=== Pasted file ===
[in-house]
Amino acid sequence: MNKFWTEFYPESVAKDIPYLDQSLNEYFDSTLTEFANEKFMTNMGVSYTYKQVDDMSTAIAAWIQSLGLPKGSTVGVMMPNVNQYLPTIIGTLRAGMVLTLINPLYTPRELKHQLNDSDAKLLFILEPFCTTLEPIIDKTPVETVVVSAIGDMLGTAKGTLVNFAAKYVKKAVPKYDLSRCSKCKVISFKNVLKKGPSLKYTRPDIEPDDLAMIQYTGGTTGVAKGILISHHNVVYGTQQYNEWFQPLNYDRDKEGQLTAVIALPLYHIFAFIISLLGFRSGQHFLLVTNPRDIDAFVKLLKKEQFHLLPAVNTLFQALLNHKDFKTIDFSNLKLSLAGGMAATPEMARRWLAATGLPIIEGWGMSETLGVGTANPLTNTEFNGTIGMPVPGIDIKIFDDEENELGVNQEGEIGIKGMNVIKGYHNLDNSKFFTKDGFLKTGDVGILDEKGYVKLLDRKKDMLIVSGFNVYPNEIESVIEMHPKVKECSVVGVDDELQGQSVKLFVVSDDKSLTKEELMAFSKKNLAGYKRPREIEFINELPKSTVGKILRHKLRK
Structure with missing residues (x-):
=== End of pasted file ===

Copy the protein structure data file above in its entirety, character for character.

[in-house]
Amino acid sequence: MNKFWTEFYPESVAKDIPYLDQSLNEYFDSTLTEFANEKFMTNMGVSYTYKQVDDMSTAIAAWIQSLGLPKGSTVGVMMPNVNQYLPTIIGTLRAGMVLTLINPLYTPRELKHQLNDSDAKLLFILEPFCTTLEPIIDKTPVETVVVSAIGDMLGTAKGTLVNFAAKYVKKAVPKYDLSRCSKCKVISFKNVLKKGPSLKYTRPDIEPDDLAMIQYTGGTTGVAKGILISHHNVVYGTQQYNEWFQPLNYDRDKEGQLTAVIALPLYHIFAFIISLLGFRSGQHFLLVTNPRDIDAFVKLLKKEQFHLLPAVNTLFQALLNHKDFKTIDFSNLKLSLAGGMAATPEMARRWLAATGLPIIEGWGMSETLGVGTANPLTNTEFNGTIGMPVPGIDIKIFDDEENELGVNQEGEIGIKGMNVIKGYHNLDNSKFFTKDGFLKTGDVGILDEKGYVKLLDRKKDMLIVSGFNVYPNEIESVIEMHPKVKECSVVGVDDELQGQSVKLFVVSDDKSLTKEELMAFSKKNLAGYKRPREIEFINELPKSTVGKILRHKLRK
Structure with missing residues (x-):